• Almost 3,000 team members and over 600 medical staff physicians

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Slide 28. Senior Leadership Commitment

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  • Establish the culture of safety
    • Senior leadership support is the key to success
    • Expectations set for leaders and team members
      • Patient safety incorporated into the culture of excellence philosophy and strategic plan
        • Starts in orientation of new team members
          • Josie King video for all TM
          • Science of safety video for clinical and security TM
      • Ensure administrative polices are in place to support a culture of safety and just culture
        • Stop the Line Policy

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Slide 29. Senior Leadership Commitment

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  • Facilitate improvements by providing resources
    • Support nonproductive time for participation in collaborative meetings, conference calls, education, and data gathering for frontline TM and leadership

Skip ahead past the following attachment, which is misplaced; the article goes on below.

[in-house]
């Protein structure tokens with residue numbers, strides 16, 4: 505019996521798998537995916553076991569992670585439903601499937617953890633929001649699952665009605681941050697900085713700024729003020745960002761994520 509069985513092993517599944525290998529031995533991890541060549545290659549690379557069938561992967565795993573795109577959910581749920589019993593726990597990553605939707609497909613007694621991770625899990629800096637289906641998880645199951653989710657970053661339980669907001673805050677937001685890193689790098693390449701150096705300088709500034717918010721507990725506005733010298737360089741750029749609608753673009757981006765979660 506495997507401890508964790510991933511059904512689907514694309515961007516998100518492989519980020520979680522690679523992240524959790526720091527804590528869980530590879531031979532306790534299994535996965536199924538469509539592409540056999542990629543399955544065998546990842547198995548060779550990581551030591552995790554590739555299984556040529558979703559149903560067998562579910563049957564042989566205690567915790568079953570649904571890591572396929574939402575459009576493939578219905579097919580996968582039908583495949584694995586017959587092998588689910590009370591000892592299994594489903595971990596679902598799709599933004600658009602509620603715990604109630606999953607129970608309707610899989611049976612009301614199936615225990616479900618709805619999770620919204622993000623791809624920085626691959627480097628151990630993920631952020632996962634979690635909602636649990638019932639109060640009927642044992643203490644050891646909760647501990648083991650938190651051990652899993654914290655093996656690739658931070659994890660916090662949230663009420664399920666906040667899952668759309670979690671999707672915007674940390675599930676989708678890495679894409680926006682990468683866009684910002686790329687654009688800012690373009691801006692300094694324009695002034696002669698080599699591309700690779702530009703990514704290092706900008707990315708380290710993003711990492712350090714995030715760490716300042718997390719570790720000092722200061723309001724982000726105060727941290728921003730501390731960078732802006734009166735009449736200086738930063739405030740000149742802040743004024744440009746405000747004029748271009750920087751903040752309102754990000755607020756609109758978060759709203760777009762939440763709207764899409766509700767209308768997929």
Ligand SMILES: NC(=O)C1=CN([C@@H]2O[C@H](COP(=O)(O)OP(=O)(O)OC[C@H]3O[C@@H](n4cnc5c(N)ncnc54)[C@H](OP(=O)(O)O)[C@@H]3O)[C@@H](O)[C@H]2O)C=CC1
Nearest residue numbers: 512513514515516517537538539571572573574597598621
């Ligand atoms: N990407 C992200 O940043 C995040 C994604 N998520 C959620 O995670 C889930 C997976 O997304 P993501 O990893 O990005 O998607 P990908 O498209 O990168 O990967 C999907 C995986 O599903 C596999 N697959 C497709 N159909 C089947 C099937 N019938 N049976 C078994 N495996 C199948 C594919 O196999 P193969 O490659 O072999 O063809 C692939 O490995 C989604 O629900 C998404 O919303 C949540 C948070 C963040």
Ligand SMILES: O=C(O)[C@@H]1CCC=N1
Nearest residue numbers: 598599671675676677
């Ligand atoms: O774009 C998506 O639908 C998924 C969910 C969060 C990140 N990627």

• Model behaviors important to the culture of safety
    • Support speak-up and provide nonthreatening environment
  • Participate in patient safety walkabouts and collaborative executive rounding
    • Listen to TMs

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Slide 30. Our Journey

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  • Started biannual patient safety “walkabouts” in the summer of 2010 in all departments and nursing units as part of the evidenced-based Patient Safety Initiative
    • Introduced the concept of patient safety walkabouts and presented short agenda of “hot topics”
    • To stimulate open discussion, we used the results of AHRQ Patient Safety Culture Survey completed in December 2009

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Slide 31. Our Journey

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  • CUSP:CLABSI Collaborative Project started November 2010, calling for monthly rounds in ICUs
    • Used staff safety assessment as the basis for initial talking points for senior leadership to create a less threatening environment
    • Open forum for discussion of concerns

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Slide 32. Flexibility is a Necessity

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  • Began by scheduling one hour in each ICU, at each facility, every month
    • Difficult for senior leaders’ scheduling
      • “Schedule-keeper” needs to understand the importance of making walkabouts a priority
    • 60 minutes is too long for all involved – Clinical TM could not be away from patients that long, senior leaders running to next meeting – very stressful for all

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Slide 33. Current Process

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  • Monthly ICU rounds